Highlights – Tiktok
- The Android App have reportedly collected the MAC addresses of the users for at least 15 months
- The practice came into light through a journalistic investigation
- The use of the app was banned in India and US prior to the new report
Wall Street Journal investigation have uncovered the malpractice
The Android version of the Chinese video sharing social networking service TikTok is reported to have been using an overlaying encryption to disguise a plan to track the users by collecting the MAC address of their device which had violated the Google policies. An investigation led by the Wall Street journal said that TikTok had been continuing the practice for over 15 months until the latest version of the application came into existence last November.
The app is said to have exploited a loophole that had been prevailing in the Android. It is said to have gathered the fixed identifier without informing its users.
Responding to the reports
Tiktok did not contradict the fact of the matter. A statement sent by a TikTok spokeswomen asserted that the app has never shared the user’s data with the Chinese government. The statement read:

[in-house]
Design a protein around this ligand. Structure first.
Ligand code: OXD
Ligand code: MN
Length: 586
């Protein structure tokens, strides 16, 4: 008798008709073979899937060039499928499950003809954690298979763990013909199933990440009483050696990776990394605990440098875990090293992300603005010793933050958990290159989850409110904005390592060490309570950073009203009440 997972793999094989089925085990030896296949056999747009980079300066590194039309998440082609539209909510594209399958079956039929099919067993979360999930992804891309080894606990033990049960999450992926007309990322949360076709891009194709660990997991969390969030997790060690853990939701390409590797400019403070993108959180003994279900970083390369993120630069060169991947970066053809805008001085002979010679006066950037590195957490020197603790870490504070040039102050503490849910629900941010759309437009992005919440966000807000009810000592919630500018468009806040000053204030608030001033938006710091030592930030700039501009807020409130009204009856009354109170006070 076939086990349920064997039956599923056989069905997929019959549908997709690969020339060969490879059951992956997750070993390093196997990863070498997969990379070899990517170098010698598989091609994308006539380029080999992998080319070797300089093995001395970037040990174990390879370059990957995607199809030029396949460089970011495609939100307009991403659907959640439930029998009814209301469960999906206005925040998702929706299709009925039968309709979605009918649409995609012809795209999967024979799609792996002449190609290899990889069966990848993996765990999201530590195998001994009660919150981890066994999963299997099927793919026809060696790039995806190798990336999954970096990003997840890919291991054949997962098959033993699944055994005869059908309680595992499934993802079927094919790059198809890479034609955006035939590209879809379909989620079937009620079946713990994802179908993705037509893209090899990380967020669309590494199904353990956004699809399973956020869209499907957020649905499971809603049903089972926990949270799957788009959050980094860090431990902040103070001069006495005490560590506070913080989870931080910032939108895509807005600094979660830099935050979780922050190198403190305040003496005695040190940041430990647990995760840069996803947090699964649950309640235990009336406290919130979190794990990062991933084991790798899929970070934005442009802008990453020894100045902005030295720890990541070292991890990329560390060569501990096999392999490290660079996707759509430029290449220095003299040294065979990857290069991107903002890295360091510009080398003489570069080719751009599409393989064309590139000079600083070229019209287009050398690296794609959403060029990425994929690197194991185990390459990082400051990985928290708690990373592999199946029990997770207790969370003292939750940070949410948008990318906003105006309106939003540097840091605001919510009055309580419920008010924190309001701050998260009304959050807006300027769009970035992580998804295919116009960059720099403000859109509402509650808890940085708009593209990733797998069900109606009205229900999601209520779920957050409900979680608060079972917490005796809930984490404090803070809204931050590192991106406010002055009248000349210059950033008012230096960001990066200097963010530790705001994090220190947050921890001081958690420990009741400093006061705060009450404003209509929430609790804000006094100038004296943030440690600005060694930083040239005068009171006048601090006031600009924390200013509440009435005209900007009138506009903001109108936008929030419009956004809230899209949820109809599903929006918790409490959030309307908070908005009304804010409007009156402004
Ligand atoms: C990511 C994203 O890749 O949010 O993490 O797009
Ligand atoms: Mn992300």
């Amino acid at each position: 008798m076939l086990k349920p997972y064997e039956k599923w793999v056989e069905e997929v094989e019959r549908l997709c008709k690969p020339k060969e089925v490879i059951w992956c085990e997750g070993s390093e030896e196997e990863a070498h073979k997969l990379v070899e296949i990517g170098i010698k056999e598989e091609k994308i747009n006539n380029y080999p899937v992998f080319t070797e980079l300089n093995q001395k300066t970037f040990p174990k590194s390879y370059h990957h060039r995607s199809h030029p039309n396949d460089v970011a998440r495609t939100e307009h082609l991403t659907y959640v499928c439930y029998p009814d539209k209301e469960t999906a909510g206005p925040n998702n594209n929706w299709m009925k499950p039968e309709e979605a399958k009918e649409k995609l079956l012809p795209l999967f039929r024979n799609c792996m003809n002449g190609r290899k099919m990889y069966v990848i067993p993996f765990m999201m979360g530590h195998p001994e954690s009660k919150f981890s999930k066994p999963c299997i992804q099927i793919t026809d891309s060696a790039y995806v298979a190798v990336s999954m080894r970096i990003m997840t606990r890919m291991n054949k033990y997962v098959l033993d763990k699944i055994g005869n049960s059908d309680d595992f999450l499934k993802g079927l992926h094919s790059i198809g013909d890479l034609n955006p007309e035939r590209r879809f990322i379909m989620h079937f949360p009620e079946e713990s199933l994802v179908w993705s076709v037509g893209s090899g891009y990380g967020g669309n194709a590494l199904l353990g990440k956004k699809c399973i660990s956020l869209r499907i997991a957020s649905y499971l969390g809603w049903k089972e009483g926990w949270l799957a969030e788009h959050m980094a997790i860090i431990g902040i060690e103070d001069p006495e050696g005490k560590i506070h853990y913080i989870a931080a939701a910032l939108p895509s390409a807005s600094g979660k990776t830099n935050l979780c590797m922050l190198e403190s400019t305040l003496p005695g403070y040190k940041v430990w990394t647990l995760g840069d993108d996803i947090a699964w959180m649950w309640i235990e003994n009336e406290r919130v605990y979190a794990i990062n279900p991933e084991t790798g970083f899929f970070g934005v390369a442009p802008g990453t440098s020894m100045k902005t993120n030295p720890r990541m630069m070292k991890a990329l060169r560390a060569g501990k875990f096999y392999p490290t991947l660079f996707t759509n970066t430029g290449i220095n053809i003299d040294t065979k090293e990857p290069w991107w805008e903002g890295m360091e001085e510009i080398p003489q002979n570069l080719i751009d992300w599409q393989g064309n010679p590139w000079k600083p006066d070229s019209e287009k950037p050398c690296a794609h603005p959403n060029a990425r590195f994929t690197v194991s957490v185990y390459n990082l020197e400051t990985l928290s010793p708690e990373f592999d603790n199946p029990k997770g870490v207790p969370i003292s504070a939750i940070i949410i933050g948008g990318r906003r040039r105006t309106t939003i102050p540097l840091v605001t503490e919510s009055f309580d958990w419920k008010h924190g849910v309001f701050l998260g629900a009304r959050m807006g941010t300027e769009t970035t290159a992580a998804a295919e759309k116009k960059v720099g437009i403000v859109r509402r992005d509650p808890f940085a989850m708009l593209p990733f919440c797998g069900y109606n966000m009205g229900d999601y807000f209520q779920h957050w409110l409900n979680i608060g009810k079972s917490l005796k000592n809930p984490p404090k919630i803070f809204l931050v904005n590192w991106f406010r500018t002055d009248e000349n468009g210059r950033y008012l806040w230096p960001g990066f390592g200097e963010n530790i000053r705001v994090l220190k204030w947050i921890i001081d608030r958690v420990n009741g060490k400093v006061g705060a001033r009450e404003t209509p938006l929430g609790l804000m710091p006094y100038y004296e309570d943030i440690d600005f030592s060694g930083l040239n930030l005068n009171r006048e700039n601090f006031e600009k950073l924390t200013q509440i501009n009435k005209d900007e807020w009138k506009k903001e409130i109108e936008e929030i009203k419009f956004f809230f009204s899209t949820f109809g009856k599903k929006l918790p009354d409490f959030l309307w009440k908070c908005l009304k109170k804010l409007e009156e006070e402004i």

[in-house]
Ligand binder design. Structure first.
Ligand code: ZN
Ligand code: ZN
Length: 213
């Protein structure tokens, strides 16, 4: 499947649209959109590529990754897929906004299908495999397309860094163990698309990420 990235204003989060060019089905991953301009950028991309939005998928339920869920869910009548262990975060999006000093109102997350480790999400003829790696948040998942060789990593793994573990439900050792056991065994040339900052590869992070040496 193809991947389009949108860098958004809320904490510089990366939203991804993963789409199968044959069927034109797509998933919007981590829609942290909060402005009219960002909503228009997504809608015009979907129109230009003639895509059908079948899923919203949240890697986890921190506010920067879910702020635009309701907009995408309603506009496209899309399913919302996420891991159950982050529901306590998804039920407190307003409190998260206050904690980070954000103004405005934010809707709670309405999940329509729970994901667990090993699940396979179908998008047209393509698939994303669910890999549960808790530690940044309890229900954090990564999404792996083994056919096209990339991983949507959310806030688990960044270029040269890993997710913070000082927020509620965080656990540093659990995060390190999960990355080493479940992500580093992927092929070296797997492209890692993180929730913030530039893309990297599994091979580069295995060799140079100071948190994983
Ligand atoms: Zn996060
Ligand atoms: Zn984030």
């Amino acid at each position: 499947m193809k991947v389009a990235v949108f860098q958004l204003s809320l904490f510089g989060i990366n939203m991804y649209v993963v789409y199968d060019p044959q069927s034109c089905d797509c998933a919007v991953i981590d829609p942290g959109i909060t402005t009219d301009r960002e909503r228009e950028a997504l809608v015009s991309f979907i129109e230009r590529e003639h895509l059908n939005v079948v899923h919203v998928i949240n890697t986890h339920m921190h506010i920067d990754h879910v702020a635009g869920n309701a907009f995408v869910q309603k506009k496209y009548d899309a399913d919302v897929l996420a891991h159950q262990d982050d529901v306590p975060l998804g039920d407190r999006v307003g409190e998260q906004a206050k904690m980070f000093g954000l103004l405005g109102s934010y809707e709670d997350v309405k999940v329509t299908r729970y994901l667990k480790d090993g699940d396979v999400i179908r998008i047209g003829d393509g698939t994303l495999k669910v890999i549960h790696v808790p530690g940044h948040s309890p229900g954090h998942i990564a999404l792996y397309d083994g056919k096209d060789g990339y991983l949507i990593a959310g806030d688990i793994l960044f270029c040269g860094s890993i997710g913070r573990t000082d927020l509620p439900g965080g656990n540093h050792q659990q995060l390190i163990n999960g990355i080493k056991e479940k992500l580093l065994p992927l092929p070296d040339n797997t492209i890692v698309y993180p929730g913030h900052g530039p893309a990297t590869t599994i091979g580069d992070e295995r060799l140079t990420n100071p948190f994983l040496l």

Under the leadership of our Chief Information Security Officer (CISO) Roland Cloutier, who has decades of experience in law enforcement and the financial services industry, we are committed to protecting the privacy and safety of the TikTok community. We constantly update our app to keep up with evolving security challenges, and the current version of TikTok does not collect MAC addresses. We have never given any TikTok user data to the Chinese government nor would we do so if asked.
Exploiting the loophole
Foreseeing the security danger in the iOS , Apple in 2013 had prevented third party developers from collecting MAC addresses of iPhone users. The practice was later followed by Google in 2015 and restricted Android apps in the Play store from collecting the users MAC addresses and IMEI numbers. TikTok is supposed to have acknowledged the flaw in the system and used a “more circuitous route”.
Wall Street Journal has conducted an inquiry into this and reported that more than 350 applications in the Google Play store have taken advantage of the loophole. Google is yet to respond to the news.
Earlier this week, the US posed a ban on the application citing security threats. India also banned TikTok last month.